A data hierarchy map shows where you’ve selected vanity metrics, which prompts you to iterate and update the metrics you track. If you improve the metric you own, and it doesn’t impact the metric a level above it in the hierarchy, you know you need to rethink that metric.
Get everyone speaking the same language
Siloed teams track metrics that don’t link to the rest of the organization. Everyone needs alignment on the critical data points so they can work toward the same goals.
A data hierarchy map fosters teamwork between departments because everyone is unified around business goals. Instead of, for example, marketing or product tracking different metrics that aren’t linked, you get a company-level view of how you solve for acquisition, retention, and monetization.
It also makes data the common language between departments. There’s often implicit agreement (or disagreement) about which metrics contribute to which outcomes. For example, the marketing team might assume increasing traffic will help increase revenue, but that might not be the case.
Plotting the hierarchy map forces you to discuss metrics and make those agreements explicit: we all agree that improving X metric will have Y impact. With those agreements made explicitly, everyone trusts the chosen metrics, and discussions between teams can run more smoothly.
Enable ownership and autonomy
When you set goals around data-first outcomes rather than tactics, team members can take responsibility for their outcomes.
With tactics as a goal, people feel micromanaged. They’re forced to stick to completing specific tasks, even though they might believe they’re pointless.
When you have a data outcome—a metric that maps upstream—as a goal, people can take ownership. Team members have the freedom to use their skills and creativity to come up with the optimal tactics to reach the goal.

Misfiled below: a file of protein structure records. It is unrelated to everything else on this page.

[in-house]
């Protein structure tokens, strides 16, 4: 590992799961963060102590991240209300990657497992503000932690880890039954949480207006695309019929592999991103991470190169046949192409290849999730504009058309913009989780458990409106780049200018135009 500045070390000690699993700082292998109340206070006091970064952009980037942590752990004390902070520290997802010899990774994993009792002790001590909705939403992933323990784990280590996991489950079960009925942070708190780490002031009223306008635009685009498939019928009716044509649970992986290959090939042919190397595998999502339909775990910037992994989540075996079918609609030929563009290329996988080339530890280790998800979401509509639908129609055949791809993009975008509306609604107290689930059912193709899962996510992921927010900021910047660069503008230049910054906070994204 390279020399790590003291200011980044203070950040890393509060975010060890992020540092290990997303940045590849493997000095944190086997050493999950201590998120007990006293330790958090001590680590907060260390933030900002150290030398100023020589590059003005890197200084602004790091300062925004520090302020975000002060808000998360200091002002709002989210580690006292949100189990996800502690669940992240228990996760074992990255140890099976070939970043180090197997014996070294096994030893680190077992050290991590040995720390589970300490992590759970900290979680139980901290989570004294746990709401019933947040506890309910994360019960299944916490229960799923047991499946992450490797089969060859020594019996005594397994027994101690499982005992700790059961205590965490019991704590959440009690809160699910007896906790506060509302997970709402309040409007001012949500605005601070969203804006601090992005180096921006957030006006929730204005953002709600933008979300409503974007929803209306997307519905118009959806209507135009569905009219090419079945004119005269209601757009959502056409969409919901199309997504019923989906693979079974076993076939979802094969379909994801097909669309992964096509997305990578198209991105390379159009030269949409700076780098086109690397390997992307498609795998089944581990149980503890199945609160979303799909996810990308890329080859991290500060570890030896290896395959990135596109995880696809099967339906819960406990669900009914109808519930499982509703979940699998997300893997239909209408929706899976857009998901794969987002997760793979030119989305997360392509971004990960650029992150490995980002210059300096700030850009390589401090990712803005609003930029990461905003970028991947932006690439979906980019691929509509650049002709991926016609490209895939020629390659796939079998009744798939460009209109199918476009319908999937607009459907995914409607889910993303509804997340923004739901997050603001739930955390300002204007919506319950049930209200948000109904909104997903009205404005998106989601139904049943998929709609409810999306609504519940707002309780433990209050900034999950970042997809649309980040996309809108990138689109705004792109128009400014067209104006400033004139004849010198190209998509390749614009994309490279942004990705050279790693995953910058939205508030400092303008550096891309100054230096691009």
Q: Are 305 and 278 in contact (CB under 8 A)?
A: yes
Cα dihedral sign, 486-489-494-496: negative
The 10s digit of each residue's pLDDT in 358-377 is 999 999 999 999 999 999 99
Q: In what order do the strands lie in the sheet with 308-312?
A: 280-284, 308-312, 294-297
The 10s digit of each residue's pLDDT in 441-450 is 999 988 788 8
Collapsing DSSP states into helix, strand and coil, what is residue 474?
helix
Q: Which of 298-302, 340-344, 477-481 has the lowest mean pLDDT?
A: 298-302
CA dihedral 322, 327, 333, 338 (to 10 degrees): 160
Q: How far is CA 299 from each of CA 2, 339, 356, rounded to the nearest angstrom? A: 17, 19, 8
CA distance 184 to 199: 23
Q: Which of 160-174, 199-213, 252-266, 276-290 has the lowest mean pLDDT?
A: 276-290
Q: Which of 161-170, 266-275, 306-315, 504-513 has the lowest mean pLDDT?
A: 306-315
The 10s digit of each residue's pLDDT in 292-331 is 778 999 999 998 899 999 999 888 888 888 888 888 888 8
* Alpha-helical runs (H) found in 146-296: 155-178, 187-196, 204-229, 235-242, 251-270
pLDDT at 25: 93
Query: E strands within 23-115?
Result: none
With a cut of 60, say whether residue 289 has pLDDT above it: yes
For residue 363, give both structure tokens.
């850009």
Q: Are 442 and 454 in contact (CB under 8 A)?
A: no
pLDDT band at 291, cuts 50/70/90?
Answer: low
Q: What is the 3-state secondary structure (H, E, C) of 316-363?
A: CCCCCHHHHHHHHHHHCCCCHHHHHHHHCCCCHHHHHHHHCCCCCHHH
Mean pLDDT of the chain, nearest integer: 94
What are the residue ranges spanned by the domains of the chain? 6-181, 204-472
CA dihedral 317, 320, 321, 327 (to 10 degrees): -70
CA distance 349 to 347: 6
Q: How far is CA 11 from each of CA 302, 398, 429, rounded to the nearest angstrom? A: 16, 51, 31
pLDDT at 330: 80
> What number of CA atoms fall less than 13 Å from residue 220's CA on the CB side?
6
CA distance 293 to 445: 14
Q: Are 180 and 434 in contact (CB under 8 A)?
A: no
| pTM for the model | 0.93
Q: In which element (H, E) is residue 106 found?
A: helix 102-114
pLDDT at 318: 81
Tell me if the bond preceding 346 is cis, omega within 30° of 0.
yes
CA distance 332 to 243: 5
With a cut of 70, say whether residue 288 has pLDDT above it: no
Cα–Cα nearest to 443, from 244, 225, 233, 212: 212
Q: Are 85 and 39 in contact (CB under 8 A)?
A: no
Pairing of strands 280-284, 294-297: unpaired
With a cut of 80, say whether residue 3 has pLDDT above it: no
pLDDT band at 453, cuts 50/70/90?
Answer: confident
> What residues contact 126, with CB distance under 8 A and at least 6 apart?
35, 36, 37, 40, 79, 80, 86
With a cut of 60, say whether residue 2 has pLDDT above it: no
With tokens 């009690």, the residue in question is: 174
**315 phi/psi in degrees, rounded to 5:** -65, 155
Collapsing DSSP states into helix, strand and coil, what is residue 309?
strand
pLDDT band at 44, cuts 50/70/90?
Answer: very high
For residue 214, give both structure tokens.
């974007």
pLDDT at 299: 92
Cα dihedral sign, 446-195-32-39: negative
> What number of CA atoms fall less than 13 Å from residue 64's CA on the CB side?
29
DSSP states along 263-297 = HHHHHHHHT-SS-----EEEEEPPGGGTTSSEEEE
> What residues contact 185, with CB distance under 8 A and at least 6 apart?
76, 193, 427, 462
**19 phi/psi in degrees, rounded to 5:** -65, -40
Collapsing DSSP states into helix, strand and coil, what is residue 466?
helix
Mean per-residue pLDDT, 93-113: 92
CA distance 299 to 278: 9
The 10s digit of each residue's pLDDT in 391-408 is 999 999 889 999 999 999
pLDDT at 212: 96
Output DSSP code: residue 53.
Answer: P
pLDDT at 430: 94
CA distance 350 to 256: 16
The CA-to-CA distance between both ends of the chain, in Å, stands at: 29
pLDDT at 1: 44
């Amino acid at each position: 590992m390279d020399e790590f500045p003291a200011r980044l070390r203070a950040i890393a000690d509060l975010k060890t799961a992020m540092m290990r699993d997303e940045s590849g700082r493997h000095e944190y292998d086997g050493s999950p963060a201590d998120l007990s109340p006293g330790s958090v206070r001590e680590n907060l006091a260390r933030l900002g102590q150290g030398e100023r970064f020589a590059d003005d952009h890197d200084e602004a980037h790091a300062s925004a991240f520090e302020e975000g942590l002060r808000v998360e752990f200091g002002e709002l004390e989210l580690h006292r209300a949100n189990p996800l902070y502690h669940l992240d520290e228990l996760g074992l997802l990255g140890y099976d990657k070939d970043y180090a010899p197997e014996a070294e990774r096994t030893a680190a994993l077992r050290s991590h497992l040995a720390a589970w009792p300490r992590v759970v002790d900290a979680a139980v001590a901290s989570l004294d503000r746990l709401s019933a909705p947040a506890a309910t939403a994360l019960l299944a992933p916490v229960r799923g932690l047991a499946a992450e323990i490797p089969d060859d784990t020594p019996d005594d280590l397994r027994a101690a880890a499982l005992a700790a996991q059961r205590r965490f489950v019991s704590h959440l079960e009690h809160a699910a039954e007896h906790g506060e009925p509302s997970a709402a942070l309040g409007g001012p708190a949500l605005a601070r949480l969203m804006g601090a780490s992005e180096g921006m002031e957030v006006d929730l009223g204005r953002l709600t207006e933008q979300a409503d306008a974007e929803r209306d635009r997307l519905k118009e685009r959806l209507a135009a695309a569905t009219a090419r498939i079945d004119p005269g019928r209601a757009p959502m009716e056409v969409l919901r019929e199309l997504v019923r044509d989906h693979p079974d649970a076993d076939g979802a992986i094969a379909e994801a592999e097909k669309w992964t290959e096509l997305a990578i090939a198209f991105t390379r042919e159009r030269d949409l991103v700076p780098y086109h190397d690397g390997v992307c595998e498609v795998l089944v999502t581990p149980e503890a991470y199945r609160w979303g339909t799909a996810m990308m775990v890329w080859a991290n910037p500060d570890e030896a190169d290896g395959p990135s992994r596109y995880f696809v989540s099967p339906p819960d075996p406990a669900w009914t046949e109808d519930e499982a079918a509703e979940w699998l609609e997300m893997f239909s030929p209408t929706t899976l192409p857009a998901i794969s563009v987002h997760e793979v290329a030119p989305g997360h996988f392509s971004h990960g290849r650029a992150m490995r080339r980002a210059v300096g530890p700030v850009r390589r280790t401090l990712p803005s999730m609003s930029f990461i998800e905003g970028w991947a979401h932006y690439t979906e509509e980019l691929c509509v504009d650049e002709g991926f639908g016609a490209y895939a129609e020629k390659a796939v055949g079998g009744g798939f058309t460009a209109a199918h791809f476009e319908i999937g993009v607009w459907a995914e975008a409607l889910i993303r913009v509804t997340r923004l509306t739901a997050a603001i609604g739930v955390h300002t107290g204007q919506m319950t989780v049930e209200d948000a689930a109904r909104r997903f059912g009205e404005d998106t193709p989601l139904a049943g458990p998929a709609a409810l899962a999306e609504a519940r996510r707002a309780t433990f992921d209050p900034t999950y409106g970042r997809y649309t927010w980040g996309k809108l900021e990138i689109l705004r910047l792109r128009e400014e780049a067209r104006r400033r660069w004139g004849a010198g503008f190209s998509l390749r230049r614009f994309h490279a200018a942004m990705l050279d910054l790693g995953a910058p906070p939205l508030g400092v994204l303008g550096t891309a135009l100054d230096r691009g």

The result is a more democratic organization. People get more satisfaction from their work because they feel accountable for something.
It also leads to outcome-based project planning. Say, for instance, someone in marketing had a tactic as a target: create four blog posts per month. They feel constrained and frustrated because they have to keep coming up with those posts, regardless of the impact that the posts will have.
Let’s say you give them a data outcome as a goal: drive 30% more organic traffic per month. They might decide the best tactic is to create the four posts, or they might devise more creative and effective ways to achieve that goal. For instance, they might increase distribution to existing posts, refresh old posts, or find external influencers to collaborate with instead of only posting company-generated content.
The map also means that you assign the right level metric and give people metrics they can impact. For example, it doesn’t make sense to give a marketer revenue as a metric. Instead, you give them a lower-level metric that maps onto revenue.